Traditional Irish soda bread recipe made with wholemeal flour and buttermilk. Easy bread recipe without yeast to make and bake (no kneading).
This traditional Irish soda bread is a great staple recipe to have at hand, when you don’t want to spend the whole day baking or you’ve just run out of bread and need something to go with your dinner or lunch.
This wholemeal soda bread is perfect to eat straightaway, whilst still warm with a bit of butter. Try it with soup, stew or instead of dinner rolls or biscuits.
Why make this recipe?
This version of soda bread is made with wholemeal flour, so it’s much healthier than the traditional white Irish soda bread.
- Easy recipe to bake – no kneading or proving needed
- Make with or without buttermilk (with easy buttermilk substitutions)
- Great bread to serve with soups, stews, cheeses or homemade dips
MORE EASY BREAD RECIPES
My top tip for baking wholemeal soda bread
The secret in making good wholemeal soda bread is to handle the dough as little as you can. Don’t try to smooth the dough and knead it well, in fact, if the dough looks a bit crumbly and not quite combined, that is exactly what you are aiming for.
There is no kneading with this type of soda bread. The quicker you are with your mixing and the more haphazard you are with putting everything together, the better the soda bread will be!
If you’ve tried my Sourdough & Cheese Scones or Sweet Plum Scones Recipe, you’ll know that if you handle the dough for too long or overmix it, you’ll end up with a low risen scones and they will be quite tough too.
The same applies to wholemeal soda bread. Let the baking powder do its own job by throwing everything together and leave it alone!
Notes on ingredients for wholemeal soda bread
You can use 100% wholemeal flour, brown flour or mix of white or wholemeal flour. You’ll see that I’ve used 50% wholemeal and 50% white, but that’s because I quite like the lightness of the white flour.
If you prefer darker, richer flavour go with 100% wholemeal flour. You don’t need to make any changes to the recipe, just bear in mind that wholemeal flour soaks up more water, so you might need extra.
Whilst most traditional bread baking uses strong bread flour, for this recipe, you need to use plain (all-purpose) flour. This is basically the type of flour you’d use for baking your cakes. We are not using yeast with this recipe and not kneading our dough, so we don’t need the extra gluten that strong flour gives us.
If you use strong bread flour in this recipe, you’ll end up with a very, very heavy and tight loaf of bread. The baking powder won’t have the strength to lift the gluten.
Alright, alright, calm down, I hear you! Traditional soda bread is made with baking soda, I know, but hear me out!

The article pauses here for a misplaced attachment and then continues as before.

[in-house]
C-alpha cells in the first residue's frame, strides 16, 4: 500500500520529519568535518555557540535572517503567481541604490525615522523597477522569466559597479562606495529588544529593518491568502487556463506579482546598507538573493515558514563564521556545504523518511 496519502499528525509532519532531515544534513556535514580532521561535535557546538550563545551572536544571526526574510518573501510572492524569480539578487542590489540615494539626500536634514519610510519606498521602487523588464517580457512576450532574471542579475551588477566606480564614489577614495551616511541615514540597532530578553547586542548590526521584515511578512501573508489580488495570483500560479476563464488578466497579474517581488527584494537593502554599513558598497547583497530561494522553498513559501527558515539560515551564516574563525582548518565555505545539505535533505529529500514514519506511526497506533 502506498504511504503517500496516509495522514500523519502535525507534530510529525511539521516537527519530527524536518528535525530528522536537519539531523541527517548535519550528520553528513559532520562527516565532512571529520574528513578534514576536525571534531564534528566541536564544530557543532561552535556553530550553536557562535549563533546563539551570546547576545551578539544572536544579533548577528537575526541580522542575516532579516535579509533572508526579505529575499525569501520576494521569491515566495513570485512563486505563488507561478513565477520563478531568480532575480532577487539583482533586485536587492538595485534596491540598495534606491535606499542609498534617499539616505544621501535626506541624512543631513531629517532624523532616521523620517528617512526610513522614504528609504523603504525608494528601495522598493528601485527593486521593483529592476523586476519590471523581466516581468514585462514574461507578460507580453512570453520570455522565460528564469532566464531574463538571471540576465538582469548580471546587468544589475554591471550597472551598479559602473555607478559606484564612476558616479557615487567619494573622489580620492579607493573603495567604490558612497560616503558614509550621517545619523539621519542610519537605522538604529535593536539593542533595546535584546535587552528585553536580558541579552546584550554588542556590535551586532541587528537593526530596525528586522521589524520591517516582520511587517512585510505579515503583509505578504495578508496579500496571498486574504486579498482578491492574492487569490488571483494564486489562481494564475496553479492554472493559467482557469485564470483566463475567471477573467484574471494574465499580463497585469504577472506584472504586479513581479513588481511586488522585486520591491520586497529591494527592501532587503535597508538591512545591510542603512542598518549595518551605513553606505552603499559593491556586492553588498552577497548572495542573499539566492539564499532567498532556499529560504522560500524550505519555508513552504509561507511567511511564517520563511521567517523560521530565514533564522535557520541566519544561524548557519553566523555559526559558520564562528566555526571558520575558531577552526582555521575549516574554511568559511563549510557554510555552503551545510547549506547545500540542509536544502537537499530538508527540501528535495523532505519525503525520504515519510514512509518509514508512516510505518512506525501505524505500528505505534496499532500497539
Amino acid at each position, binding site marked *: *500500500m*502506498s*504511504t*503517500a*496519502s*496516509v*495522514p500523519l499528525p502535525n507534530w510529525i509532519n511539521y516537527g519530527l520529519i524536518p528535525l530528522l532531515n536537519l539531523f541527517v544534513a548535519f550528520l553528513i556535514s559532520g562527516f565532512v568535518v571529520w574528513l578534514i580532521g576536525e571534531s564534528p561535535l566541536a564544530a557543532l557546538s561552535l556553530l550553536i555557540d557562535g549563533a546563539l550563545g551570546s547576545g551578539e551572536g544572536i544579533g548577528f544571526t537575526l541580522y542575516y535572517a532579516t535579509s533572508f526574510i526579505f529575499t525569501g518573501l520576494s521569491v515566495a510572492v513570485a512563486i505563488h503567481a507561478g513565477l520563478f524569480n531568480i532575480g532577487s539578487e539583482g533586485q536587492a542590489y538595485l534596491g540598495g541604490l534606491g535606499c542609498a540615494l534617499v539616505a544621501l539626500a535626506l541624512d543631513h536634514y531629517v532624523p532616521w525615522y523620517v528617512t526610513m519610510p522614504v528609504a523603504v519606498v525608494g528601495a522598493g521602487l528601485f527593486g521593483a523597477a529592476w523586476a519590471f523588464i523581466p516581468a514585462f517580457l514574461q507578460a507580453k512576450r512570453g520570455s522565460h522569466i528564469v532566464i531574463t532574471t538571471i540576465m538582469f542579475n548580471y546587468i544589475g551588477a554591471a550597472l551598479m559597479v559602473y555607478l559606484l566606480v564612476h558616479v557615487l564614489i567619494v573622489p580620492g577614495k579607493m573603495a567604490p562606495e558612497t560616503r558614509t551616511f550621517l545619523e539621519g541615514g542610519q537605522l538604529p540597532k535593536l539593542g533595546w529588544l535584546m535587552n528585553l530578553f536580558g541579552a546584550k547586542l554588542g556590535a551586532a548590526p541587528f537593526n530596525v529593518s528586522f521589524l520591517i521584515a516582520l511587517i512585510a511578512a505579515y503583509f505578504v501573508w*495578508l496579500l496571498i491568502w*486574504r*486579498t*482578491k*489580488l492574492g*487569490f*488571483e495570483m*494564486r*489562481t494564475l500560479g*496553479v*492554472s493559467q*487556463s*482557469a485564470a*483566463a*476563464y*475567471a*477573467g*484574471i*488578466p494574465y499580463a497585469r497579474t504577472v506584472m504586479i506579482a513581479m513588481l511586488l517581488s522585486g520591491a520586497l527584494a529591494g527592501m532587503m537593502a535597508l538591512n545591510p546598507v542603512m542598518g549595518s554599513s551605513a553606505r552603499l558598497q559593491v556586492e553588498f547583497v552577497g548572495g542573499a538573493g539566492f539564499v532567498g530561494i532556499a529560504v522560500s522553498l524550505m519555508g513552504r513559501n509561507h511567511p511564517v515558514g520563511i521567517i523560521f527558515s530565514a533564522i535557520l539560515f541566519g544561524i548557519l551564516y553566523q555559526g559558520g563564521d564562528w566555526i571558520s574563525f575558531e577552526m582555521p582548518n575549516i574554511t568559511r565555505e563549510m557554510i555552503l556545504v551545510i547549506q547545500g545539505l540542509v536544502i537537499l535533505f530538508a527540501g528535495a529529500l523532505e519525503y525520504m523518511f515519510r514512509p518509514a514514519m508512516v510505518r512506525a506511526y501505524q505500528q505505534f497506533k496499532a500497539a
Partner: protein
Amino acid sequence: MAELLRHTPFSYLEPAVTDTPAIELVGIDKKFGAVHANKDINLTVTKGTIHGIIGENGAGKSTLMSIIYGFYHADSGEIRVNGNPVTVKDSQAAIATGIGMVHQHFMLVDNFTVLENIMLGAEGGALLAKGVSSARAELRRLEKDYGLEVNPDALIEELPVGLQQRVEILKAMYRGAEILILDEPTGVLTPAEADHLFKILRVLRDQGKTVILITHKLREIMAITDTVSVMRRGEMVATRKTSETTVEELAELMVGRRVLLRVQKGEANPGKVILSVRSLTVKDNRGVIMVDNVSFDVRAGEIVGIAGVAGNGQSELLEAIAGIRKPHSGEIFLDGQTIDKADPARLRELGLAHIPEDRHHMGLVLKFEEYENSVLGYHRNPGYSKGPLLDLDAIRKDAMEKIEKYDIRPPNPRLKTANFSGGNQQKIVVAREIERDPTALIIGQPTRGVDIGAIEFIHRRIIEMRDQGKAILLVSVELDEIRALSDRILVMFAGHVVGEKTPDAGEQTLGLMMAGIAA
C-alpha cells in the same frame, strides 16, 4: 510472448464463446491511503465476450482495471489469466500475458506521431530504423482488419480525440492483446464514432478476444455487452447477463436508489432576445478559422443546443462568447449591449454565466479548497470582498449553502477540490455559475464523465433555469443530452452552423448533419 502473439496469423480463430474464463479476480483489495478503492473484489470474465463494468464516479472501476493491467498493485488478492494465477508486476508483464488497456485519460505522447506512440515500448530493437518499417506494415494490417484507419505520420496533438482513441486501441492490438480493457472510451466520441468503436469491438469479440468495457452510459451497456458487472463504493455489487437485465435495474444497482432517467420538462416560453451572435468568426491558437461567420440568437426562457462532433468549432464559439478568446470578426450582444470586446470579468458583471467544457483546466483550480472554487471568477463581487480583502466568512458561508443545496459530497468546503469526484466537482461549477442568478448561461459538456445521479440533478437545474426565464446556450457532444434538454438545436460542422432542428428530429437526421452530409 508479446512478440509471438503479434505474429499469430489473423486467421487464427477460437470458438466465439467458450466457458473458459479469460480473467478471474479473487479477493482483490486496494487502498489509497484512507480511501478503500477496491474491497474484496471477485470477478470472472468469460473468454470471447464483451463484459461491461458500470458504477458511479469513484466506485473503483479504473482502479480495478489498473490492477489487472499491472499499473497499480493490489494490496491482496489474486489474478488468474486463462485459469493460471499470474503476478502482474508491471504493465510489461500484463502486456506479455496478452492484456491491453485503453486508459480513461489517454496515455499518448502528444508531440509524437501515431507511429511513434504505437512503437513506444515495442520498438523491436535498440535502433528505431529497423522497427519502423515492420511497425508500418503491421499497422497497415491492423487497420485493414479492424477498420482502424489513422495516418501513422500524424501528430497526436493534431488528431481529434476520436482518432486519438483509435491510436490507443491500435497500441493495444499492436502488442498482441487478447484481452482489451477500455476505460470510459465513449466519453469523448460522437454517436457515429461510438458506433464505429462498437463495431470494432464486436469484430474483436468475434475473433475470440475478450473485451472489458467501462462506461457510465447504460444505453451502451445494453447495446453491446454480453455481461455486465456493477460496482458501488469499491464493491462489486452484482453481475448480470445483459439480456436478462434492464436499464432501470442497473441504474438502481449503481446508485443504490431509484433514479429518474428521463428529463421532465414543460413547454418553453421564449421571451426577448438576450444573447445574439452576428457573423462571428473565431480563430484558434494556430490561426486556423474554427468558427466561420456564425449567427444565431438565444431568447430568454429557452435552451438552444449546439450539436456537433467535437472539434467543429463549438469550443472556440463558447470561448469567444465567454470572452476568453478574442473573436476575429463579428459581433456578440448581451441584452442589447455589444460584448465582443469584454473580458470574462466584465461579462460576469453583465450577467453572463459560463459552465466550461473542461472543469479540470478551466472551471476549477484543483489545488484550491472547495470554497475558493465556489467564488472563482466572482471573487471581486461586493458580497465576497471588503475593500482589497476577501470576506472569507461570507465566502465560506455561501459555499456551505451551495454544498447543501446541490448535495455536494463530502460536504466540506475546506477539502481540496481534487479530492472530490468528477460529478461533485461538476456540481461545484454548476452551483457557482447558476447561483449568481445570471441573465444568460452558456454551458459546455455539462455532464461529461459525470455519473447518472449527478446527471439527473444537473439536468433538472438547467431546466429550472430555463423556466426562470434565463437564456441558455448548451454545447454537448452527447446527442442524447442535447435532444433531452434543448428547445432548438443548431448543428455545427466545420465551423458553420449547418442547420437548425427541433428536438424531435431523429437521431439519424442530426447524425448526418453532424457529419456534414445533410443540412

Over the years baking my own bread, selling it a farmer’s markets and then teaching people how to bake their own bread I’ve spoken to so many people who told me that they like the traditional soda bread (or scones), but they can always taste the metallic taste of the baking soda. A lot of people are genuinely sensitive to baking soda and they find it quite off putting when eating.
That’s why in this wholemeal Irish soda bread recipe, you’ll find baking powder instead of baking soda. There is still quite a lot of it in this recipe (4 teaspoons), but you won’t be able to taste it. It will just make your soda bread brilliantly fluffy and light.
There, I will just leave it here… and you are welcome!
Buttermilk or other liquid
Buttermilk is the traditional liquid that binds this bread mixture together. If you can’t find buttermilk in your shop (I know it’s not always that easy), make one yourself.
Take a whole milk (or semi-skimmed) and add apple vinegar (or white vinegar). For this recipe, you’ll need about 330 ml and 2 teaspoons of vinegar. Leave it for few minutes, mix it and then use it in the recipe.
You can also use just plain water, thin yoghurt (water + yoghurt), beer or apple juice. Pretty much anything goes!
The liquid will slightly change the flavour of the bread, but that’s the exciting part! The more fat in your milk, the softer the bread is going to be, but even if you use water the bread will be perfectly lovely!
How to bake wholemeal Irish soda bread recipe at home
Preheat the oven to 200 C (Gas Mark 6) or 390 F. This is much lower oven bread baking temperature, than for most other types of breads.
We’ll also keep the oven temperature constant during the baking to make sure our soda bread will stay evenly baked, moist and not crumbly, which is what sometimes happens if you use the oven temperature incorrectly.